Section 214 of the 1999 Constitution needs to be amended to decentralise policing, says Olatunbosun
Adeniyi Olatunbosun, a professor of law, is the Vice Chancellor of Kola Daisi University, Ibadan. He was recently conferred with the title of the Senior Advocate of Nigeria. In this interview with ROTIMI AGBOLUAJE, he says a single policing system cannot meet up with the security situation in the country. He, therefore, called for the amendment of Section 214 of the Constitution to introduce decentralisation of the policing system.
Recently, Governor Rotimi Akeredolu of Ondo State called for empowerment of the South West Security Network popularly called Amotekun corps. But the Federal Government seems not favourably disposed to such a call. What would you advise the governor to do to ensure that Amotekun is empowered?
The governor is a well-respected and foremost senior lawyer. He is a Senior Advocate of Nigeria (SAN), who has also been president of the Nigerian Bar Association (NBA). Incidentally, he was also a chairman of the Ibadan Branch of NBA, of which I am also a member. He is a foremost legal practitioner and advocate and has all it takes when it comes to providing leadership and direction in the legal profession. So, having been a foremost lawyer and now a politician, a governor of a state, he is open to much information that many of us don’t have access to. So, when people of that status give an opinion, it is not an opinion anybody can just whittle down. He’s talking from a highly confidential point of view. As a senior lawyer, he knows what to do.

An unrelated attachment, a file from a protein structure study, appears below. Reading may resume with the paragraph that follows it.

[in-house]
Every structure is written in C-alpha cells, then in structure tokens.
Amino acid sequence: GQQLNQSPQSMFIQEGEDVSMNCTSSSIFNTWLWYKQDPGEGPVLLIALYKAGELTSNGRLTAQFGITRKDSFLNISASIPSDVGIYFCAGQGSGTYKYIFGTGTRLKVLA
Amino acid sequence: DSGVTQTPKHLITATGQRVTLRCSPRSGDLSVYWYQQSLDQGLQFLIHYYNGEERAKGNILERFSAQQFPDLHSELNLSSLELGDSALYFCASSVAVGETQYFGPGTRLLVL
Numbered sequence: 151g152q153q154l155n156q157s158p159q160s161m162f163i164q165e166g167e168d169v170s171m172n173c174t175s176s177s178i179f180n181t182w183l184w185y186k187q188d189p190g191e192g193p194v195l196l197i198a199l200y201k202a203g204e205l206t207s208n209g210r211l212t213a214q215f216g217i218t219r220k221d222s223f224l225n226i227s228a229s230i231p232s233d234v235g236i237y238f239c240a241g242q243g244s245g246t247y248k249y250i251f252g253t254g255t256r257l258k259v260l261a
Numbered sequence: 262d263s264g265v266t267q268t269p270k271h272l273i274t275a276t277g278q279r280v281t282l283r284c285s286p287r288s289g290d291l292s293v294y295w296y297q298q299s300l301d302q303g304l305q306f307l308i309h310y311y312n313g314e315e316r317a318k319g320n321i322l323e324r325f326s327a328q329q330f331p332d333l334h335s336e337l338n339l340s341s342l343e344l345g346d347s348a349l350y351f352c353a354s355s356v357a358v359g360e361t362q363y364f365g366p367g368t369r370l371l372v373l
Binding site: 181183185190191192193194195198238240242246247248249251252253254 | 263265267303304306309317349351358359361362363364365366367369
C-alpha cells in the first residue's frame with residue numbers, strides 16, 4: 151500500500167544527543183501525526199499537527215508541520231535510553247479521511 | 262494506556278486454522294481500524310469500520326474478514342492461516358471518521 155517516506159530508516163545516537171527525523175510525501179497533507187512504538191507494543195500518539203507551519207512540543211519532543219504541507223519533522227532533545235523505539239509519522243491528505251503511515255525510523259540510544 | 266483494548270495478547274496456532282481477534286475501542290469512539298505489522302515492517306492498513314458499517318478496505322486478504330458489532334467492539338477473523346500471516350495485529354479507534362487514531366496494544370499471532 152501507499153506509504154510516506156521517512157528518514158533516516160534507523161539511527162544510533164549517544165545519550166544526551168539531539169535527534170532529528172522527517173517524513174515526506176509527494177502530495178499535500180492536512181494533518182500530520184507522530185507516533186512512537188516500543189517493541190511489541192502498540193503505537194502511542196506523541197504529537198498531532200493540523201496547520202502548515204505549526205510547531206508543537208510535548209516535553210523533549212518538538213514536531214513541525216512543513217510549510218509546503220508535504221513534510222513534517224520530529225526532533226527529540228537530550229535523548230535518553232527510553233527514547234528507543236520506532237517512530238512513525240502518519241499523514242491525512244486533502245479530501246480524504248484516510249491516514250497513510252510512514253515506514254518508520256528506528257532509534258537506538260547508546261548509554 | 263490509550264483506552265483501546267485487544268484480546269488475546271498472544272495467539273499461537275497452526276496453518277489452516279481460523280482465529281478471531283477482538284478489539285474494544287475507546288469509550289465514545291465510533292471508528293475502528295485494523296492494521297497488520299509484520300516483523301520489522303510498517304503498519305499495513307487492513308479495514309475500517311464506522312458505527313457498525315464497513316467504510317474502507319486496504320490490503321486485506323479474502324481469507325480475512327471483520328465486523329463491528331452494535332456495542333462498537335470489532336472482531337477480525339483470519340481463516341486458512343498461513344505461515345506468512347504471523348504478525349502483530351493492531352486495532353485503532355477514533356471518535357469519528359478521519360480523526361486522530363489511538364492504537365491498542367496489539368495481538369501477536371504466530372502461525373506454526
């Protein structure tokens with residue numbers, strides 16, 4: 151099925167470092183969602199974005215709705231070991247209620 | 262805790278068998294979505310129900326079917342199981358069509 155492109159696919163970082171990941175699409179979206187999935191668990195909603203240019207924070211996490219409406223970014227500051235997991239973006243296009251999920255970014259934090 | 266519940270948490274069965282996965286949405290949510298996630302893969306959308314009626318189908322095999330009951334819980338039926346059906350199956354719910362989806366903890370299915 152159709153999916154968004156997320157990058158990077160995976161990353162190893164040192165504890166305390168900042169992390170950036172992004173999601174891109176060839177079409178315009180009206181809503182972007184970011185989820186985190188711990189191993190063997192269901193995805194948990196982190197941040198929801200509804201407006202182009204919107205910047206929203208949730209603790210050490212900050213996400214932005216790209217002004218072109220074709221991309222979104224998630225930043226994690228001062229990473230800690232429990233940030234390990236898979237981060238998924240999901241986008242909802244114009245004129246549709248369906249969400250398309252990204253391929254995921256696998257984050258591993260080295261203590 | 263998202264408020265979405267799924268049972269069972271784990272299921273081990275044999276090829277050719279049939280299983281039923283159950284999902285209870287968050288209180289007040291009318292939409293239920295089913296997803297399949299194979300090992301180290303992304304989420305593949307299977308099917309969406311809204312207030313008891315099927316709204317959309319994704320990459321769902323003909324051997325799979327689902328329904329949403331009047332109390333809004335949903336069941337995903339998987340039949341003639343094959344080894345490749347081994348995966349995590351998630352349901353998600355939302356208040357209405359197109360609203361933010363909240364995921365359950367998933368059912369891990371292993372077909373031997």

But in the federal setting, there is also the need to have a synergy with the Federal Government through the office of the Attorney General and the Minister of Justice who is the number one law officer of the country. I believe both of them being learned, they will be able to look into the enabling structure of our legal system and see how things can be accommodated.
I think one of the things in the federal structure is the possibility of undermining the existing structure and the fear that there are times that power may be abused, there may be a form of action that may negate the overall public interest because whatever we do, we must do it and ensure that the public interest is retained and strengthened. But from the backdrop of insecurity, violent crimes, and all forms of criminality that we are witnessing in the nation in the recent past, it behooves those who are in a position of authority to ensure that life and property of Nigerians or citizens wherever they may be are protected. I think that must have propelled the Executive Governor of Ondo State in trying to come up with that. Also, as a chief executive and chief security officer of the state coupled with the recent experience witnessed in Owo with the merciless and brutal killing of people in the church of God, we can’t but expect the Governor to be passionate and worried about this development. So, I have this belief that whatever he comes up with, he will be able to meet up and dialogue with those who are in it together to ensure that the sanctity of lives is complied with.
Many have called for amendment of Section 214 of the Constitution to decentralise the nation’s security and policing system. What is your take on this?